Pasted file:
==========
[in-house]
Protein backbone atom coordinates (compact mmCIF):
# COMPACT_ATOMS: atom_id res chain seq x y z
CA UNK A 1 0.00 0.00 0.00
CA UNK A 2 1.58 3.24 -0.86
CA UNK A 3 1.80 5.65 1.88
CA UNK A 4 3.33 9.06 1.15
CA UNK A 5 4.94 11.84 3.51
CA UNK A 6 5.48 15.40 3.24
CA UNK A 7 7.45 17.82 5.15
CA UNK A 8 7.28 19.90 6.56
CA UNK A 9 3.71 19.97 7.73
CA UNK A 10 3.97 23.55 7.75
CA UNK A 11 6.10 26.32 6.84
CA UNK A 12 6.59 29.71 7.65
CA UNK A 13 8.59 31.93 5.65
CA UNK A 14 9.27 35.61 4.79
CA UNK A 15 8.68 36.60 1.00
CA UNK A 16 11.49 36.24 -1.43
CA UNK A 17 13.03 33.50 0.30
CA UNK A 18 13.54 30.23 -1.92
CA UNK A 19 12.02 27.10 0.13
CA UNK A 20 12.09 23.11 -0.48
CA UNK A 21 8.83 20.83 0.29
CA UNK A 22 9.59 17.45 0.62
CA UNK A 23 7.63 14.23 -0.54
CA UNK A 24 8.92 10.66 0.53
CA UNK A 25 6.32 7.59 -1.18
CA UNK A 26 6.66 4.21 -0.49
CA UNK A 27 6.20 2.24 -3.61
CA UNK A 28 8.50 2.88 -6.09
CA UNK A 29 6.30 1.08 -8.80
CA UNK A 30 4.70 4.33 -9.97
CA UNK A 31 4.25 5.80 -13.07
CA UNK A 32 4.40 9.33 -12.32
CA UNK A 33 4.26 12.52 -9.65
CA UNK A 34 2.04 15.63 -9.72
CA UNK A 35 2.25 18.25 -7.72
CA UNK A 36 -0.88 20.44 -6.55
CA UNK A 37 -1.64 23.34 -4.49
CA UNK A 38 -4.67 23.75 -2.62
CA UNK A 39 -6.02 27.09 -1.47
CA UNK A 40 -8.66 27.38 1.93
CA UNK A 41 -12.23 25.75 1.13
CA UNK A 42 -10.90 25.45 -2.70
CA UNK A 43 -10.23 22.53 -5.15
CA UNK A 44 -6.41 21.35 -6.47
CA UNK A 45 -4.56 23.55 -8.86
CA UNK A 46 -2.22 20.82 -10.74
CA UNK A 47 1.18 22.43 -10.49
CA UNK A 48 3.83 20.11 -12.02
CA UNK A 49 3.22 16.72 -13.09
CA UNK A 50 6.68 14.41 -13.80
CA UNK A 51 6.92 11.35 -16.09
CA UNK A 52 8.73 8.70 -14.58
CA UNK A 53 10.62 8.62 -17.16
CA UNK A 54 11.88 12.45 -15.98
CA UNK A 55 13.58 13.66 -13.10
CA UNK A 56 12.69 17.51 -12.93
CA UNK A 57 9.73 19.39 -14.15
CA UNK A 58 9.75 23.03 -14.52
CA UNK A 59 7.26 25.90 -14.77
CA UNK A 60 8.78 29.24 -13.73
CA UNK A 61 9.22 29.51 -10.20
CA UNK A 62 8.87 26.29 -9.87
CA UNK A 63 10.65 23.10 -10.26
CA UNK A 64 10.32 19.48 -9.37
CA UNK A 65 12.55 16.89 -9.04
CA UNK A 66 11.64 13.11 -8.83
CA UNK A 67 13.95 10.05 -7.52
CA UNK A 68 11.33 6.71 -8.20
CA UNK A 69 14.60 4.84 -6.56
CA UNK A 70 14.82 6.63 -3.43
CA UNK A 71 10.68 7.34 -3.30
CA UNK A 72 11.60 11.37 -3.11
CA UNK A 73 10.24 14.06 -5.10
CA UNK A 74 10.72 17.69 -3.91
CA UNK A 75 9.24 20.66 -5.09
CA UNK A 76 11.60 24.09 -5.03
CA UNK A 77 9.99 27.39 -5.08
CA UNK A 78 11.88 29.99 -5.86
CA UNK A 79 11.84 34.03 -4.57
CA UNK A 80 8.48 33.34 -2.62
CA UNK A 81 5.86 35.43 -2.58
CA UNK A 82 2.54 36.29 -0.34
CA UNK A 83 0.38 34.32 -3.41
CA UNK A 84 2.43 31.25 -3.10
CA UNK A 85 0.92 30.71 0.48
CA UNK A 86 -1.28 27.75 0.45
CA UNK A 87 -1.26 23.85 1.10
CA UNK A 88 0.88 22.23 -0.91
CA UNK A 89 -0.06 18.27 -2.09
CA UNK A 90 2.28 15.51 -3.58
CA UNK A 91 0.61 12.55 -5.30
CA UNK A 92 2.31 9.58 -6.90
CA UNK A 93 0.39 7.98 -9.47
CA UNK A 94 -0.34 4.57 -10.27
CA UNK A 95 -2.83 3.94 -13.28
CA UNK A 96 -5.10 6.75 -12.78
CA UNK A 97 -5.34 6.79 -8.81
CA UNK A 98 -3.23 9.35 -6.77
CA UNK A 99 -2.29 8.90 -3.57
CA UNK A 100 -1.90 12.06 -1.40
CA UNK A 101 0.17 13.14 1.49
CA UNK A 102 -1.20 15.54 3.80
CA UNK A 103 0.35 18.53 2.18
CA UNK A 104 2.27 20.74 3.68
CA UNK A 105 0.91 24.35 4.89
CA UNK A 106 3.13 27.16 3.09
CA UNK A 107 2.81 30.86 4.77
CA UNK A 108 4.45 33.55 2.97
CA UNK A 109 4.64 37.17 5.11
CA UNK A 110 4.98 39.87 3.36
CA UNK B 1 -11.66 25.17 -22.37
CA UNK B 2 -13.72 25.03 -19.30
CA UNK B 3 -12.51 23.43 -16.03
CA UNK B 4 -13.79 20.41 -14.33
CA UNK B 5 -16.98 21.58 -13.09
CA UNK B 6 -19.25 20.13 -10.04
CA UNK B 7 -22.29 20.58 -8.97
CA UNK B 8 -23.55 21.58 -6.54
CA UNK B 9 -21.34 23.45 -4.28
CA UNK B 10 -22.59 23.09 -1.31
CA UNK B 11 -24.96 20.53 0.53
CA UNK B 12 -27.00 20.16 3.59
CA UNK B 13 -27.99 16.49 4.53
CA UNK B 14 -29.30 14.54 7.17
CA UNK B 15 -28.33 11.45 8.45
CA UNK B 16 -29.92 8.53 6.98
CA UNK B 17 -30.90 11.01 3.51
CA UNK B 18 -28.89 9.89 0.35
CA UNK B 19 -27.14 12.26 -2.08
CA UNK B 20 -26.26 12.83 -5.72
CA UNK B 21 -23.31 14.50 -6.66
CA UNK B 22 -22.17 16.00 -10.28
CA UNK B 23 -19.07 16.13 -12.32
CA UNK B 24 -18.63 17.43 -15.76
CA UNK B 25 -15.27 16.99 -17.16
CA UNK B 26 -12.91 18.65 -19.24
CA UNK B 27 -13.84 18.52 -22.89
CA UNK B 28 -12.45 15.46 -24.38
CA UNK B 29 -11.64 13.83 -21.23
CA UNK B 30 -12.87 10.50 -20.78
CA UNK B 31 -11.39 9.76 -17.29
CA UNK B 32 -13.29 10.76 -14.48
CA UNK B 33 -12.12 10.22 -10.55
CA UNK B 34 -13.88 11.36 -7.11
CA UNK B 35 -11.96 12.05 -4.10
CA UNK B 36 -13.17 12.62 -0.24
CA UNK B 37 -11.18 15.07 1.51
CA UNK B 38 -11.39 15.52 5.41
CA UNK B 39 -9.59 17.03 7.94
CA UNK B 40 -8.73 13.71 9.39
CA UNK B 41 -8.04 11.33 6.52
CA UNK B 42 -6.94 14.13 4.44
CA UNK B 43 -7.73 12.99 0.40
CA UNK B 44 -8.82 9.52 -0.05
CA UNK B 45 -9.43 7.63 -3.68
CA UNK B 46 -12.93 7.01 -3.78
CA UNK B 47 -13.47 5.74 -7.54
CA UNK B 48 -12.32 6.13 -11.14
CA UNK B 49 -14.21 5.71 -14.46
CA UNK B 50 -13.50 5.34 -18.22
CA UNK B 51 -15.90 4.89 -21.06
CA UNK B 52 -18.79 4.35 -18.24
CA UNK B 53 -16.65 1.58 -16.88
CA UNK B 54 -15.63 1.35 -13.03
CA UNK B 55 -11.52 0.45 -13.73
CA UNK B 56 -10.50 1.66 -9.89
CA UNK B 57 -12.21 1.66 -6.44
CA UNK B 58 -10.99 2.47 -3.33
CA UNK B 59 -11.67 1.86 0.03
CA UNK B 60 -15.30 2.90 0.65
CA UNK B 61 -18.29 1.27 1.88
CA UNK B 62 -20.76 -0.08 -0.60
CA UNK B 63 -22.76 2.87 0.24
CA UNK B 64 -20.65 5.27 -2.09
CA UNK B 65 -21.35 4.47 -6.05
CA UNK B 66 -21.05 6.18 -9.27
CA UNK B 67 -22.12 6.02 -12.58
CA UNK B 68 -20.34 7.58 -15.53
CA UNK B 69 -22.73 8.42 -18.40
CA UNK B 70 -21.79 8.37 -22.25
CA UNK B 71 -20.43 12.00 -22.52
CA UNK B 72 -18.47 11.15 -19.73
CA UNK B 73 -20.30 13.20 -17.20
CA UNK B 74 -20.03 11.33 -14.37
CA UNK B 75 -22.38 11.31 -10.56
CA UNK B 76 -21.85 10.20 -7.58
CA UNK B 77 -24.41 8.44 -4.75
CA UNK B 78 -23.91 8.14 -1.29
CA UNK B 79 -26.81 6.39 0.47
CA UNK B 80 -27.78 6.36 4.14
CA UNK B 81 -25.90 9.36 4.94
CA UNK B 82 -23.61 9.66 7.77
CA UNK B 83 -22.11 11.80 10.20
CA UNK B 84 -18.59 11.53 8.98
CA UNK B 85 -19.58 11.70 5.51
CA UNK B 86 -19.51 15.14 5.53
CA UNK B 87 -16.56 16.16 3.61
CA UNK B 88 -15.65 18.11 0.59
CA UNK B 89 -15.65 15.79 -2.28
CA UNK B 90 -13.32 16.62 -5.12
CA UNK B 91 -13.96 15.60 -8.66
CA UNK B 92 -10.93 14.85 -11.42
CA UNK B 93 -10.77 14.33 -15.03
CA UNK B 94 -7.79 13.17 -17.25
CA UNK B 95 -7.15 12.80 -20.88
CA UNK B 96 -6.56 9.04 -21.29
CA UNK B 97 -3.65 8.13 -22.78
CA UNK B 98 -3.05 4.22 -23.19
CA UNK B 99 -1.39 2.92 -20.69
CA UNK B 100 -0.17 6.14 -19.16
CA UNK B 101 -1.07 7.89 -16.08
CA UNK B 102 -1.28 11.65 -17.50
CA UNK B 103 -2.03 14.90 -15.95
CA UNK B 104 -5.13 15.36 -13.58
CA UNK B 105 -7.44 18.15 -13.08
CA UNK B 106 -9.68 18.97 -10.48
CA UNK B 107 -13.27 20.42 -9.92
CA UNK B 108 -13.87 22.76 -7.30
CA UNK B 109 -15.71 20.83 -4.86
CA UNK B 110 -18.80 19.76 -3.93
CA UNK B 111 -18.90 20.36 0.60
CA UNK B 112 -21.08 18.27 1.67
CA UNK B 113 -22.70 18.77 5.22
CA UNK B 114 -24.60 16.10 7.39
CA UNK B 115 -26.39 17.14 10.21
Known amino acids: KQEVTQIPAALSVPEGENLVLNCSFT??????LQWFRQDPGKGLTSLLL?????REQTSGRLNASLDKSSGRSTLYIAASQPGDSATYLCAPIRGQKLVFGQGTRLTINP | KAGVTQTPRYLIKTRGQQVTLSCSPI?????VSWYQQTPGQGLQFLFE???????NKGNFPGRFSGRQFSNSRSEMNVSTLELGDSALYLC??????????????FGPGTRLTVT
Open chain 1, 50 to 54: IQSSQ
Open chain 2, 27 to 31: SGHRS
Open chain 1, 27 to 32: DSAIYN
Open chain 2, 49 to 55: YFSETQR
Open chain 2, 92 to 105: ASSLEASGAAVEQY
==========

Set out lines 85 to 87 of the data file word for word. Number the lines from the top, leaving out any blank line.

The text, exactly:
CA UNK A 82 2.54 36.29 -0.34
CA UNK A 83 0.38 34.32 -3.41
CA UNK A 84 2.43 31.25 -3.10